1: RNA Polymerase, 2: Repressor, 3: Promoter, 4: Operator, 5: Lactose, 6: lacZ, 7: lacY, 8: lacA.: The gene is essentially turned off. There is no lactose to inhibit the repressor, so the repressor binds to the operator, which obstructs the RNA polymerase from binding to the promoter and making lactase. Bottom: The gene is turned on. Lactose is inhibiting the repressor, allowing the RNA polymerase to bind with the promoter, and express the genes, which synthesize lactase. Eventually, the lactase will digest all of the lactose, until there is known to bind to the repressor. The repressor will then bind to the operator, stopping the manufacture of lactase.
This is the general structure of an operon:
- Promoter – a nucleotide sequence that enables a gene to be transcribed. The promoter is recognized by RNA polymerase, which then initiates transcription. In RNA synthesis, promoters indicate which genes should be used for messenger RNA creation – and, by extension, control which proteins the cell produces.
- Operator – a segment of DNA that a regulator binds to. It is classically defined in the lac operon as a segment between the promoter and the genes of the operon. In the case of a repressor, the repressor protein physically obstructs the RNA polymerase from transcribing the genes.
- Structural genes – the genes that are co-regulated by the operon.
Control of an operon is a type of gene regulation that enables organisms to regulate the expression of various genes depending on environmental conditions. Operon regulation can be either negative or positive by induction or repression.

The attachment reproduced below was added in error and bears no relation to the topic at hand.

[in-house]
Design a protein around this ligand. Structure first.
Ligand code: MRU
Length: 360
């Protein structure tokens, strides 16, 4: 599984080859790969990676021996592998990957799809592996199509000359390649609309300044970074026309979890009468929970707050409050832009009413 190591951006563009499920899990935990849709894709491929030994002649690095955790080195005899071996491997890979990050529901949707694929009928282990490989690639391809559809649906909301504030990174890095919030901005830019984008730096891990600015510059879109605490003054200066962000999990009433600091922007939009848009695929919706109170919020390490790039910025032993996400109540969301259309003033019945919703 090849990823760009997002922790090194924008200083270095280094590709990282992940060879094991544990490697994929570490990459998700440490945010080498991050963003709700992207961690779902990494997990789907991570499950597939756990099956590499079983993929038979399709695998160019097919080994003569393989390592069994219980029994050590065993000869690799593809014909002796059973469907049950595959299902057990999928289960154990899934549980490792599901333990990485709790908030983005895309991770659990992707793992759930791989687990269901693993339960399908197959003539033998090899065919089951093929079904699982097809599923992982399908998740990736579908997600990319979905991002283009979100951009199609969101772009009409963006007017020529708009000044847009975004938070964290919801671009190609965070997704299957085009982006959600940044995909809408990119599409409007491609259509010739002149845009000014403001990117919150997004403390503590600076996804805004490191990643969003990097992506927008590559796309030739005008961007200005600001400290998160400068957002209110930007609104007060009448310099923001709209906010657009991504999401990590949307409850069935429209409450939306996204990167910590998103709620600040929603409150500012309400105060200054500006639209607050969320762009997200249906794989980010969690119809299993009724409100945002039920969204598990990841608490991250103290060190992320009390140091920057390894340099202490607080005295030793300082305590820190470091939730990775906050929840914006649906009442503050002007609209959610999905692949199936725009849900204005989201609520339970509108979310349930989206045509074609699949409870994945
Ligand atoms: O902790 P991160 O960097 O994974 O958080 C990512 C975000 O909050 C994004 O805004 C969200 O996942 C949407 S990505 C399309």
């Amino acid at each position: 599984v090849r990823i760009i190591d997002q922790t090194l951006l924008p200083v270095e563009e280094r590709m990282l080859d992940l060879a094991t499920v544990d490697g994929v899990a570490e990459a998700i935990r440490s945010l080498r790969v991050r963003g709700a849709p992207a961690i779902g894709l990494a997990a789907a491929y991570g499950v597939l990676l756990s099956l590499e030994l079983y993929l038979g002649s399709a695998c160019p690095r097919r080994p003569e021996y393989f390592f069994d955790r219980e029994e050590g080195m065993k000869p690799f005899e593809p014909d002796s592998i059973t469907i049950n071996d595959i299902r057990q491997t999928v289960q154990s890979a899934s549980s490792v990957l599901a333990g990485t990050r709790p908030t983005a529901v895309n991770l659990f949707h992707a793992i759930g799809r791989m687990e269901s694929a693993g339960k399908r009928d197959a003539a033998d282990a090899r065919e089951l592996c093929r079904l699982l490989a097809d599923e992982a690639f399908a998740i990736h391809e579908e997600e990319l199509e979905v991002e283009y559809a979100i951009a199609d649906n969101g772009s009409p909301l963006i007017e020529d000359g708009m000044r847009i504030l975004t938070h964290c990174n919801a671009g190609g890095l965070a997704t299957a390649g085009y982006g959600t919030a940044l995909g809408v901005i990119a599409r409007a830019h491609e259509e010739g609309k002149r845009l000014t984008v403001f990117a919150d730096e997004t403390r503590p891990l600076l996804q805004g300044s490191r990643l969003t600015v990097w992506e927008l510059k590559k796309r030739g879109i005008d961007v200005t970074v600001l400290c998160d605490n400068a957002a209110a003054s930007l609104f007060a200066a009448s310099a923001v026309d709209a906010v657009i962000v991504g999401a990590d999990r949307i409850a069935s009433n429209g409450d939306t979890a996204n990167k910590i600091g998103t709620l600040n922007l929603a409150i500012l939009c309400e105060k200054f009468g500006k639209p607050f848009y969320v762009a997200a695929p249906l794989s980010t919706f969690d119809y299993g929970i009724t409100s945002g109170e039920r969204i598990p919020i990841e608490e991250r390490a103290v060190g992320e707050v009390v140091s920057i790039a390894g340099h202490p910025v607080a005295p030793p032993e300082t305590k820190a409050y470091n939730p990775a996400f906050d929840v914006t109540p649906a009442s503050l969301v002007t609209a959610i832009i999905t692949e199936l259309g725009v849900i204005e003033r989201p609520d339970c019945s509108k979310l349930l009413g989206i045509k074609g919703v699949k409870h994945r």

Negative control involves the binding of a repressor to the operator to prevent transcription.
- In negative inducible operons, a regulatory repressor protein is normally bound to the operator, which prevents the transcription of the genes on the operon. If an inducer molecule is present, it binds to the repressor and changes its conformation so that it is unable to bind to the operator. This allows for the expression of the operon.
- In negative repressible operons, transcription of the operon normally takes place. Repressor proteins are produced by a regulator gene, but they are unable to bind to the operator in their normal conformation. However, certain molecules called corepressors are bound by the repressor protein, causing a conformational change to the active site. The activated repressor protein binds to the operator and prevents transcription.
Operons can also be positively controlled. With positive control, an activator protein stimulates transcription by binding to DNA (usually at a site other than the operator).
- In positive inducible operons, activator proteins are normally unable to bind to the pertinent DNA. When an inducer is bound by the activator protein, it undergoes a change in conformation so that it can bind to the DNA and activate transcription.
- In positive repressible operons, the activator proteins are normally bound to the pertinent DNA segment. However, when an inhibitor is bound by the activator, it is prevented from binding the DNA. This stops activation and transcription of the system.